G20 energy ministers met in Istanbul on October 2, striving for sustainable development amidst low oil prices and climate change negotiations. European Commissioner for Climate Action and Energy Miguel Arias Cañete represented the EU.
With an eye to increasing EU energy security, in addition and in the context of G20, Cañete met bilaterally with Turkey’s Energy and Natural Resources Minister Ali Rıza Alaboyun, a European Commission spokeswoman told New Europe on October 2. She added that they planned to discuss EU-Turkey energy cooperation, gas supply and transit, the Southern Gas Corridor, which includes the Trans-Anatolian Pipeline (TANAP) that will connect with the Trans Adriatic Pipeline (TAP), Iran and COP21 climate talks which will take place in Paris in December.
Turkey, which currently holds the G20 chairmanship until November 30, invited Azerbaijan’s Energy Minister Natig Aliyev to the event. The Southern Gas Corridor will carry gas from Azerbaijan’s Shah Deniz field via Turkey to Europe.
For its part, Russia is pushing ahead with its Turkish Stream pipeline bypassing Ukraine.
Russia’s Energy Minister Alexander Novak reportedly said on October 2 that Gazprom requires construction licences for at least two lines of the proposed Turkish Stream pipeline project. “One will be for Turkey and one for Europe,” Novak told reporters on the sidelines of the G20 meeting. The Kremlin said last month that discussions about Turkish Stream had been slowed due to Turkey’s November 1 parliamentary election. Russia wants to bring 63 billion cubic metres of gas a year to Turkey and southern Europe via Greece. But the European Commission has warned that the project must abide by EU’s Third Energy package.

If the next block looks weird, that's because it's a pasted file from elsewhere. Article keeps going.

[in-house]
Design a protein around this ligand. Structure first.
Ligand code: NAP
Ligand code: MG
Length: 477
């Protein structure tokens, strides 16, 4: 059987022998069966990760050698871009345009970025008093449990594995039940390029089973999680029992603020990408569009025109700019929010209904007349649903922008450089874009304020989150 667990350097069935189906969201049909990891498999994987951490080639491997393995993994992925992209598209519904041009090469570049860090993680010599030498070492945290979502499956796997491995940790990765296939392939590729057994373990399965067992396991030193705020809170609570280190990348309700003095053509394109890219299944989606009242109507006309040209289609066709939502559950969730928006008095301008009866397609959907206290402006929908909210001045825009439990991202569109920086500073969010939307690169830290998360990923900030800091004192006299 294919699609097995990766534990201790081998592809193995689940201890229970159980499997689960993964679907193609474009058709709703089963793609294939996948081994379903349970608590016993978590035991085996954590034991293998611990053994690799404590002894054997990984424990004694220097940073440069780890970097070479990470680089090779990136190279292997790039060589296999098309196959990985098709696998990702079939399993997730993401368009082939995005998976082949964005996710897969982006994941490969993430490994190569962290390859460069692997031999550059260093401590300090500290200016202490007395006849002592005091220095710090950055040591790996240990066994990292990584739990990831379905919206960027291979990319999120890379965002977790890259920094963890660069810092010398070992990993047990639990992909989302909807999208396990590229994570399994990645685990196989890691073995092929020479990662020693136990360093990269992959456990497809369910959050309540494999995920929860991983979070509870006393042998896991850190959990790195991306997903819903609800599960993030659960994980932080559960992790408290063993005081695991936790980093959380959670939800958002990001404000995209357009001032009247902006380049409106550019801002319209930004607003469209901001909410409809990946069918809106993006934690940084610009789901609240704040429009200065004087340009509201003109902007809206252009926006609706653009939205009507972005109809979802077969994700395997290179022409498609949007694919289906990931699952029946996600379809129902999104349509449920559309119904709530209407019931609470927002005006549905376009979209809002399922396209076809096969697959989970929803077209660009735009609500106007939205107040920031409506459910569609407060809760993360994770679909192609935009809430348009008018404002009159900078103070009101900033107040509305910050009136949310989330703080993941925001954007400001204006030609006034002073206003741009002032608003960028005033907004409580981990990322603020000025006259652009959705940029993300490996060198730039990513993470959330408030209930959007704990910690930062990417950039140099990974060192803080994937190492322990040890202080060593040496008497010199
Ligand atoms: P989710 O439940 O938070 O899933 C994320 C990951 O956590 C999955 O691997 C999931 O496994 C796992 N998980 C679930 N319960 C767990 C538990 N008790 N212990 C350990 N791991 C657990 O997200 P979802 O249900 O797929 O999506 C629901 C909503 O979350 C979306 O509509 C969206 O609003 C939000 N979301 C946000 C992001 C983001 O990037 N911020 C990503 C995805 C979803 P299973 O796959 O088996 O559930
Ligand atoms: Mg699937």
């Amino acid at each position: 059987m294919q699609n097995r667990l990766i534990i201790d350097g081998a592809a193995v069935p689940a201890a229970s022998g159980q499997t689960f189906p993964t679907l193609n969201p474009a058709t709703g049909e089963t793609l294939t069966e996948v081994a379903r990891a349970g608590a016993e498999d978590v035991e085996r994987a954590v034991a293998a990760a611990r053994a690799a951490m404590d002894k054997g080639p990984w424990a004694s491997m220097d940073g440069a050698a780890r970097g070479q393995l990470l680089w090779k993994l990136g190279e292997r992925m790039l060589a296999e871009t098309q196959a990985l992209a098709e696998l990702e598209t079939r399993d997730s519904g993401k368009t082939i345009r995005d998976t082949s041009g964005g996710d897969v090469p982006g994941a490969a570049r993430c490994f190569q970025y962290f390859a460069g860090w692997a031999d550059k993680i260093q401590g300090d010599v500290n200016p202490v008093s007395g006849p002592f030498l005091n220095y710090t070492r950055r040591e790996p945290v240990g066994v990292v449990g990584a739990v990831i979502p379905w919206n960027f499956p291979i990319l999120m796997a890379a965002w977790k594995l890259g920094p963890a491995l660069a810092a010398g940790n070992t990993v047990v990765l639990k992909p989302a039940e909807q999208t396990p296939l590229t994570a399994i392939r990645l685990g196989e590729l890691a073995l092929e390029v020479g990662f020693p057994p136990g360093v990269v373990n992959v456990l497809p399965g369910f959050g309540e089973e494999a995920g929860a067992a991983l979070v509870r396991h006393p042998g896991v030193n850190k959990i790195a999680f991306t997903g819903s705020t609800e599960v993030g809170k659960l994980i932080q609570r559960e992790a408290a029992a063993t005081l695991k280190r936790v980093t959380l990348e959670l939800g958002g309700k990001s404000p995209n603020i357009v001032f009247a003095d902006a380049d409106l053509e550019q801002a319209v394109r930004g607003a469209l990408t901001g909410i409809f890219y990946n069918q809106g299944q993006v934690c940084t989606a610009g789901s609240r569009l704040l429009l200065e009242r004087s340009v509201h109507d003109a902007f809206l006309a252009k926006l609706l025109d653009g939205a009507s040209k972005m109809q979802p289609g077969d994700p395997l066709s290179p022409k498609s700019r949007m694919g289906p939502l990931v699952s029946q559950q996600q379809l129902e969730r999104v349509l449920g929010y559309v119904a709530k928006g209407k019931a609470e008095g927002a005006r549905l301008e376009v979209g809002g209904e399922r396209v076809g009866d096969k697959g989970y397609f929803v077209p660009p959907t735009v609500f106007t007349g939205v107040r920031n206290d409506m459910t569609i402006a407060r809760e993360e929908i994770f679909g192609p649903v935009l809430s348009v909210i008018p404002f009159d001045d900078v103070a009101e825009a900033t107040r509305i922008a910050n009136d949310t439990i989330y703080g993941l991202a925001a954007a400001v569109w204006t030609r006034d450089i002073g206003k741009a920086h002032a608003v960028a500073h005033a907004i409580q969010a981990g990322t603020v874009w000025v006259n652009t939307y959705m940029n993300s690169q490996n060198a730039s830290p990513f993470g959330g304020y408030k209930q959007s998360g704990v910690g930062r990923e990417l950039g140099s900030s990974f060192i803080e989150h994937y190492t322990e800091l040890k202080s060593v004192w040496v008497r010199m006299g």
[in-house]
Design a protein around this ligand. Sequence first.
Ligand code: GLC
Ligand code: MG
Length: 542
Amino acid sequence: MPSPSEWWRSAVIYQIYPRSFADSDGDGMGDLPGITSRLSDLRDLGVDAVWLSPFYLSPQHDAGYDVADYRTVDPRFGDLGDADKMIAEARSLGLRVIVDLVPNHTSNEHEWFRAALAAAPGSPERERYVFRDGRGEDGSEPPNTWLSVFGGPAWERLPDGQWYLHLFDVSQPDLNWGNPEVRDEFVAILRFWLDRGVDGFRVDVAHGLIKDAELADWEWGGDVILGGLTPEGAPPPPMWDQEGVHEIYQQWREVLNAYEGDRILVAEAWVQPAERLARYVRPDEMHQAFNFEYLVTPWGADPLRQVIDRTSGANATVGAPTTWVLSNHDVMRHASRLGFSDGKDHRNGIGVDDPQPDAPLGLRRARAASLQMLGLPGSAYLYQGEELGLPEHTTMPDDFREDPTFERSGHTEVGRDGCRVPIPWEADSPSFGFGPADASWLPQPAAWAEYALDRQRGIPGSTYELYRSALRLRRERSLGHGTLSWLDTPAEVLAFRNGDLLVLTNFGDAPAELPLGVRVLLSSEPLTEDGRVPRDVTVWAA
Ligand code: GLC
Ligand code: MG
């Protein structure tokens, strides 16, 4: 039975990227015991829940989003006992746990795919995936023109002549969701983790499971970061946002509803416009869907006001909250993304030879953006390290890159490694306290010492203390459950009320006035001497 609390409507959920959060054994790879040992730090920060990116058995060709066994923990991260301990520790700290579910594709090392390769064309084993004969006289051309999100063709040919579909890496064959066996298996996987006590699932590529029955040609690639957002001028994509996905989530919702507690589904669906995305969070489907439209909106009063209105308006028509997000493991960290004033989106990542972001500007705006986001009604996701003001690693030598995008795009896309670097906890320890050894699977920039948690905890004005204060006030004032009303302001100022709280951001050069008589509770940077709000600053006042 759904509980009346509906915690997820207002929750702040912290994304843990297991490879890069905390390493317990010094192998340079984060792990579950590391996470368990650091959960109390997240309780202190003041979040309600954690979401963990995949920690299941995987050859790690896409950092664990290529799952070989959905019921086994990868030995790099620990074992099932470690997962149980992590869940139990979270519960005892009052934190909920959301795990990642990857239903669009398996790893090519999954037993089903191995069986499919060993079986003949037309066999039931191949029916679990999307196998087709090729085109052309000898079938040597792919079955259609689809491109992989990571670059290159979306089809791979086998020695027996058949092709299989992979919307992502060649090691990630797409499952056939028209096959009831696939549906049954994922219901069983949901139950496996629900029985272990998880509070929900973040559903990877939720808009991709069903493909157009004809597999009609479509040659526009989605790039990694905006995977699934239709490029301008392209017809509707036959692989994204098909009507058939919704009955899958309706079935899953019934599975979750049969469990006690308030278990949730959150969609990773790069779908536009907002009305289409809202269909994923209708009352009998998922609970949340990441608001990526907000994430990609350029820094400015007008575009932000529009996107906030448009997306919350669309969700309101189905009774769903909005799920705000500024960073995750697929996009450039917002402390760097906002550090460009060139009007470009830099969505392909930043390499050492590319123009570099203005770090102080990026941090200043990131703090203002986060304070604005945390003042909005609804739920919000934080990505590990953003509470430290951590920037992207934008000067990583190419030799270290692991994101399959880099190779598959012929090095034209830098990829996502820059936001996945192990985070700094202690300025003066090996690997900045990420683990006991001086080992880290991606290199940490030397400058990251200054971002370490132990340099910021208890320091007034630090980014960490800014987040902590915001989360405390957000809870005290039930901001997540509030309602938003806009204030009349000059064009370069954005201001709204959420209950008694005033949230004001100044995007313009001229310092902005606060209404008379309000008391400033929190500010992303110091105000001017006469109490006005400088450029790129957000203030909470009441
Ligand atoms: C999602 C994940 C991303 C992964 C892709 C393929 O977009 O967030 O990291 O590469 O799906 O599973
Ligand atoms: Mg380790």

The G20 meeting was also expected to focus on sustainable energy access, energy efficiency and renewable energy. G20 Energy Ministers were expected to adopt a toolkit of voluntary options for long-term, integrated and sustainable approach towards accelerated renewable energy deployment.
As G20 countries host 80% of existing renewable electricity capacity around the world and hold 75% of total global deployment potential, they play a key role in mitigating climate change, the Commission said. Today, more than 1.1 billion people live without access to electricity and the G20 plans to substantially contribute to ensuring access to affordable, reliable, sustainable and modern energy for all under the 2030 Agenda for Sustainable Development.
Taking into account oil prices, energy ministers were also due to discuss energy investments in light of current market conditions. Low oil prices are the nail in the coffin for costly drilling projects. In a move hailed by environmental groups, Royal Dutch Shell announced that it is shutting down its plans to drill for oil in the Arctic. On September 28, Shell said it had “found indications of oil and gas in the Burger J well, but these are not sufficient to warrant further exploration in the Burger prospect. The well will be sealed and abandoned in accordance with US regulations”. After the disappointing results, Shell said it would now cease further exploration activity in offshore Alaska for the foreseeable future.
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